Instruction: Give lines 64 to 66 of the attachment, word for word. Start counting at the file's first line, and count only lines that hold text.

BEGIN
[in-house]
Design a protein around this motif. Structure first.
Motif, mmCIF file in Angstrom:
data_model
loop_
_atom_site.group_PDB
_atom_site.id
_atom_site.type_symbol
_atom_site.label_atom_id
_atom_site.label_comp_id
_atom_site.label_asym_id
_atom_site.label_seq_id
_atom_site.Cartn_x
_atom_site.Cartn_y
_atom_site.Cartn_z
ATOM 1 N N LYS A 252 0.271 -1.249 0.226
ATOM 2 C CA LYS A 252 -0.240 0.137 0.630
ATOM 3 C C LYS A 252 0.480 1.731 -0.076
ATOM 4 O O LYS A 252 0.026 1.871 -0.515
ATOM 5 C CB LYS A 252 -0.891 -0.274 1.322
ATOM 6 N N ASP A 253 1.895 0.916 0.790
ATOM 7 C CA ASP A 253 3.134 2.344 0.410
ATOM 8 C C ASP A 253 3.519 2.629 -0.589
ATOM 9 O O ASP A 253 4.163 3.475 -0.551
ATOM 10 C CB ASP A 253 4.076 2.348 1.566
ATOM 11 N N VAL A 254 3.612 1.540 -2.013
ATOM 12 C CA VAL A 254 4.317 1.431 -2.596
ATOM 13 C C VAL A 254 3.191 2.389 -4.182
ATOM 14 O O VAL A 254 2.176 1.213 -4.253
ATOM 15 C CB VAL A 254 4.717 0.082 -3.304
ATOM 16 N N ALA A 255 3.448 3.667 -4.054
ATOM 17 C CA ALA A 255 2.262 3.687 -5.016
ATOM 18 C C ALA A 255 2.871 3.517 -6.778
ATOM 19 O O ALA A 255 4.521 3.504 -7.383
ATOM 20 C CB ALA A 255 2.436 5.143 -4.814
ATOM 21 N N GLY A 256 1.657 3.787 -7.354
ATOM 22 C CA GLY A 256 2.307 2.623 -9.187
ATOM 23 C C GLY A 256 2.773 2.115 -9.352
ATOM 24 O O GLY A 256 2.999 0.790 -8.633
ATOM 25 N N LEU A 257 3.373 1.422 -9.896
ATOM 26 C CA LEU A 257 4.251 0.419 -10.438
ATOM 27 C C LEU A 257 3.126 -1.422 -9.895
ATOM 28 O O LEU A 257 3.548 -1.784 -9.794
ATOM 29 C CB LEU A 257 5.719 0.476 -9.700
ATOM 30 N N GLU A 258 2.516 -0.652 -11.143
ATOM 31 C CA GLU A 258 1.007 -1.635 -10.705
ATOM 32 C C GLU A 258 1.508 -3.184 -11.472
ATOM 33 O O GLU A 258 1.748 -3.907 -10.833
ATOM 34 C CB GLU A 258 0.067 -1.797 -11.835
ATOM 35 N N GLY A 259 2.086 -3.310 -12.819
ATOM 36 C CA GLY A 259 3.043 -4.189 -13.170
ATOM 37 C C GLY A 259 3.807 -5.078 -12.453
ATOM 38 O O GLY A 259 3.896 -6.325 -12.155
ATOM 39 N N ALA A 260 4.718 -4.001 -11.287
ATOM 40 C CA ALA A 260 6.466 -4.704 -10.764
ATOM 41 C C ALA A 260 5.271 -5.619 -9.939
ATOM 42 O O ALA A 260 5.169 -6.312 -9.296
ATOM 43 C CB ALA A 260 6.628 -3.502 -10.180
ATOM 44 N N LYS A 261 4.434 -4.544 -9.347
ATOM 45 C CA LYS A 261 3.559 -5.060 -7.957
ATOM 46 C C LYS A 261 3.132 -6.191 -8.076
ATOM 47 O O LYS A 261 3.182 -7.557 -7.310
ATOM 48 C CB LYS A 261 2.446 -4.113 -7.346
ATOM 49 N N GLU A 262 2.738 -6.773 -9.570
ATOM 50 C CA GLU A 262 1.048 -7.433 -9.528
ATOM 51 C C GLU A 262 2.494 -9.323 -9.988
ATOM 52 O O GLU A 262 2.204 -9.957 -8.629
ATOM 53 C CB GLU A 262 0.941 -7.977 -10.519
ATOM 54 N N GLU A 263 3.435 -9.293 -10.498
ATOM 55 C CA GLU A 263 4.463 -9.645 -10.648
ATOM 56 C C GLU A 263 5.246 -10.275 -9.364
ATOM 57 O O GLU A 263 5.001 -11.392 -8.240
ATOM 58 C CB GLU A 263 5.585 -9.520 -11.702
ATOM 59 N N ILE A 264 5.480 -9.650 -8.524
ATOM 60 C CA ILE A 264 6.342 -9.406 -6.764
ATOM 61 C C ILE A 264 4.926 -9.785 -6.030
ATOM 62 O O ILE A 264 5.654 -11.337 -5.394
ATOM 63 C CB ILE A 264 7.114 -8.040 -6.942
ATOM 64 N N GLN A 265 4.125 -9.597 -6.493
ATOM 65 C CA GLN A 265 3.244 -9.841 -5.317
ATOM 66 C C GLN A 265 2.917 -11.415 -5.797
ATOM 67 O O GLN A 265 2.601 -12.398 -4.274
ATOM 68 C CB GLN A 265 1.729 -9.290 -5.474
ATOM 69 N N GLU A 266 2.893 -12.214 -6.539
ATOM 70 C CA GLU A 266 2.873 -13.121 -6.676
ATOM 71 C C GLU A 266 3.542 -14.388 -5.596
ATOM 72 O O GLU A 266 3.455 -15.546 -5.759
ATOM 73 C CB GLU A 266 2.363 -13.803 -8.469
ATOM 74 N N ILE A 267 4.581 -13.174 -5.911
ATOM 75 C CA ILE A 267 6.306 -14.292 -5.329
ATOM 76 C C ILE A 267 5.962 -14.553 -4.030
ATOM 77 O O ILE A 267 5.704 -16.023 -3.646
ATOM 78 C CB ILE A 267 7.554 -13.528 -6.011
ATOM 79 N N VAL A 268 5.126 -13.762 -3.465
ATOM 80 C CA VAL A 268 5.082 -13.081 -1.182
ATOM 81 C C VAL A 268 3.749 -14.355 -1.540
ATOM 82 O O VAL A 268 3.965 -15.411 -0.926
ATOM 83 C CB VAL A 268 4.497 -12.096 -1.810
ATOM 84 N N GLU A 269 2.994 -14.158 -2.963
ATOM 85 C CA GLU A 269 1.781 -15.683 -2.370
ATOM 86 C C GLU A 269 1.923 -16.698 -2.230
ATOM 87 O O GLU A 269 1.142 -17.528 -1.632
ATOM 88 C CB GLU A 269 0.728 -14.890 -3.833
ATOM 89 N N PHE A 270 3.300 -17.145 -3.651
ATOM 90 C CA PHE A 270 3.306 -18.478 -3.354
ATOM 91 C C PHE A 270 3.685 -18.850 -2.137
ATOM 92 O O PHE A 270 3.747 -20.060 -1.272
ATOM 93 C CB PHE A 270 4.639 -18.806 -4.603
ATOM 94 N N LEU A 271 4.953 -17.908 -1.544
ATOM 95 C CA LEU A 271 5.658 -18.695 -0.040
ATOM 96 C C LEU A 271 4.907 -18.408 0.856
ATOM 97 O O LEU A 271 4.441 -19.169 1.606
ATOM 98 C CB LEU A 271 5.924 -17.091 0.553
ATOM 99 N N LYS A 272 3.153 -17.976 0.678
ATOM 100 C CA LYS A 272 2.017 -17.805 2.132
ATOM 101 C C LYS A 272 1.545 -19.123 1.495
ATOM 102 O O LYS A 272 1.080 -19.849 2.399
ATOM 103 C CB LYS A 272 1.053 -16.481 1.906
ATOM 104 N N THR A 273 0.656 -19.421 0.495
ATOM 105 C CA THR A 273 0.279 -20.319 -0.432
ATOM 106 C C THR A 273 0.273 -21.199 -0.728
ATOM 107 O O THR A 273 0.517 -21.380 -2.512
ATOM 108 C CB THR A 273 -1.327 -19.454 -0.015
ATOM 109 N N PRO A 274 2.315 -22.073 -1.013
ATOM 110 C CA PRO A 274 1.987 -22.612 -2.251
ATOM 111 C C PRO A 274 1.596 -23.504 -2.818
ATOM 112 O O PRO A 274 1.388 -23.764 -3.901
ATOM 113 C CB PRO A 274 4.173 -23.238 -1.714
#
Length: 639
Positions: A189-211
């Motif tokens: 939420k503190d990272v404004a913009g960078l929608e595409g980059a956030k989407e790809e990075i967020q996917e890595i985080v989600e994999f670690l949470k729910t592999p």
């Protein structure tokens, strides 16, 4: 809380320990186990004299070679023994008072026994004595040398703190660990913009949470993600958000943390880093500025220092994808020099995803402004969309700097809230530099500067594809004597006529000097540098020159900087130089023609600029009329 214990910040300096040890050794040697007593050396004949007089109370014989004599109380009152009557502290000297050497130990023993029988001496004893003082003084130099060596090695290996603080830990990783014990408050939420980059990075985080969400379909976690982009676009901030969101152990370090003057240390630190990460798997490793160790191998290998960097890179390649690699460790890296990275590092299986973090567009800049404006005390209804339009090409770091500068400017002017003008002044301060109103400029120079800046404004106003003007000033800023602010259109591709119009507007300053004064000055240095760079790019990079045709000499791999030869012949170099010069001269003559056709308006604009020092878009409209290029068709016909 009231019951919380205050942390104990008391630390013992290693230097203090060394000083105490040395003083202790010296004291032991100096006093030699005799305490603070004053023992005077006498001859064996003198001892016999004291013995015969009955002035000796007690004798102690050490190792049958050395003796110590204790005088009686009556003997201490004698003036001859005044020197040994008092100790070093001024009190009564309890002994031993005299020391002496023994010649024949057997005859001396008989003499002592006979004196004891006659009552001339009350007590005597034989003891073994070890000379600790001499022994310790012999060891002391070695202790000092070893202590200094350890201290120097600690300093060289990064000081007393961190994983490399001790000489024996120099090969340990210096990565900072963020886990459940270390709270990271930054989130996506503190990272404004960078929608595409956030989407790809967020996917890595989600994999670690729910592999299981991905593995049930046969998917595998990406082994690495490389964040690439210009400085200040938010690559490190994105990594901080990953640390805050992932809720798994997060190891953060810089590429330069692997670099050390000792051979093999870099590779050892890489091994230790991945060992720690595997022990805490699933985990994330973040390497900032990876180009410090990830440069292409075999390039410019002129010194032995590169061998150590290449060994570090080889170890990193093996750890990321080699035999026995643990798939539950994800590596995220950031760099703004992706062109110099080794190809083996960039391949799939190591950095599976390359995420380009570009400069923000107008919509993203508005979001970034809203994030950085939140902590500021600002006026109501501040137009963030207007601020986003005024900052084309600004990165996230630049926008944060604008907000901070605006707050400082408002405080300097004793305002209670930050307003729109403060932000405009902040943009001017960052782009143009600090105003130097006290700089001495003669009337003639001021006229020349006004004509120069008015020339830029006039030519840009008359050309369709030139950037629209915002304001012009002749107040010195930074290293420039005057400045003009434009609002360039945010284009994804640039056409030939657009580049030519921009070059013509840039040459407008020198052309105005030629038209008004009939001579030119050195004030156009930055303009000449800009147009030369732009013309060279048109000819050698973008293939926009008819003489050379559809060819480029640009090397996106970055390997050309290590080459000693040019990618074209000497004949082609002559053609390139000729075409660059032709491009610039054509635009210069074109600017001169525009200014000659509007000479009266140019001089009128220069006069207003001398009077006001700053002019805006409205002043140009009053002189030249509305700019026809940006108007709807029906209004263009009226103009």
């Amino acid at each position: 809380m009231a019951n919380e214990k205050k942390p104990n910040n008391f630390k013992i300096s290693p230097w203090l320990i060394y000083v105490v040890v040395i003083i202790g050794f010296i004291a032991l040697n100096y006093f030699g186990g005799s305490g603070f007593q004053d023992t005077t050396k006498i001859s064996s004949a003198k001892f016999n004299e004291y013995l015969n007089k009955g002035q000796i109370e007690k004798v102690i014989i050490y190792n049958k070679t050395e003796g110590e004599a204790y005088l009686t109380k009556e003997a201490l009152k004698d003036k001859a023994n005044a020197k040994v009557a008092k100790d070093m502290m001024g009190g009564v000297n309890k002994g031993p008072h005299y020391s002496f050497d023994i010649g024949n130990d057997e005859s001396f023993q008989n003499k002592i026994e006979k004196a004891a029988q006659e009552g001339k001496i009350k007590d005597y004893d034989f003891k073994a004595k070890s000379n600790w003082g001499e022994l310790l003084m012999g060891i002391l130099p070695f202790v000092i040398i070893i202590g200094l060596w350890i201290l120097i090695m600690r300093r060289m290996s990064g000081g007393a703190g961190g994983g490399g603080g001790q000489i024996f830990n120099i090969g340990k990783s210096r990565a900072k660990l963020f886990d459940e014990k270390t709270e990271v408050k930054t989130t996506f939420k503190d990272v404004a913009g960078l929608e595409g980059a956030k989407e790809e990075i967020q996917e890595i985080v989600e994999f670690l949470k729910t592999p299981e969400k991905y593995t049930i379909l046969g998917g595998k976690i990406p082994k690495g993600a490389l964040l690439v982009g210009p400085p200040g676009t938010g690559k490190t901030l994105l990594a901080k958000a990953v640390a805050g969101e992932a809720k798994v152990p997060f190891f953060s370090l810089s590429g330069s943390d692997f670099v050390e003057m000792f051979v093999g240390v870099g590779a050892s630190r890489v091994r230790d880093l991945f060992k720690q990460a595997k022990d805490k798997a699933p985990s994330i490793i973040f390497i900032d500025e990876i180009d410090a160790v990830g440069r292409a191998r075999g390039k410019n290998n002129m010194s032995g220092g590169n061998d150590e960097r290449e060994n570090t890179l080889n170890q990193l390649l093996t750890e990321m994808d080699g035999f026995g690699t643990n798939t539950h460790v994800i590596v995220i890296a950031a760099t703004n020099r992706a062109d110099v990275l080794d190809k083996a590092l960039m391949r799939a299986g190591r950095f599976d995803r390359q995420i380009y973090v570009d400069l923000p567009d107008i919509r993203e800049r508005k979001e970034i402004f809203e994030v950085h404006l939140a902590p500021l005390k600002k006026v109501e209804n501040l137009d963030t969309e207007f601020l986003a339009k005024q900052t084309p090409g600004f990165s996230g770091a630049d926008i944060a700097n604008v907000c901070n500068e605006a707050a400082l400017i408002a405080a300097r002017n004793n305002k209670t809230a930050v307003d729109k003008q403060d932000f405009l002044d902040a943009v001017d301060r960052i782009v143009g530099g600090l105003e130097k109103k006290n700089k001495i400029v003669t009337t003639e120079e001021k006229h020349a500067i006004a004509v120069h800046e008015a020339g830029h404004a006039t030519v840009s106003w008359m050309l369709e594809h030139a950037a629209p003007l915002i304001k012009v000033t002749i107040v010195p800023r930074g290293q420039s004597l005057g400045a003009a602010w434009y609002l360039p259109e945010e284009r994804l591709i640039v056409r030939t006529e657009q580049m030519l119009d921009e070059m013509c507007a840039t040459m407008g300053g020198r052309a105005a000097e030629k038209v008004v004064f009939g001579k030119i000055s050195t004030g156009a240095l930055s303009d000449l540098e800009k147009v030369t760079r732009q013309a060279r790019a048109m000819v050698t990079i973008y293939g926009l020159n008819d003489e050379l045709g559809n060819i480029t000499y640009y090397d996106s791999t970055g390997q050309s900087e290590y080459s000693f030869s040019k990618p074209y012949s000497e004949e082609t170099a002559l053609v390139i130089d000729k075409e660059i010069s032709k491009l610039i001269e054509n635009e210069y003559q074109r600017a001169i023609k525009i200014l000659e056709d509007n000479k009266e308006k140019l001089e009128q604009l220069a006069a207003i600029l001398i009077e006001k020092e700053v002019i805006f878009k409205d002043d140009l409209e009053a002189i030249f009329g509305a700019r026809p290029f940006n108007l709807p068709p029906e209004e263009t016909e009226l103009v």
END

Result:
ATOM 49 N N GLU A 262 2.738 -6.773 -9.570
ATOM 50 C CA GLU A 262 1.048 -7.433 -9.528
ATOM 51 C C GLU A 262 2.494 -9.323 -9.988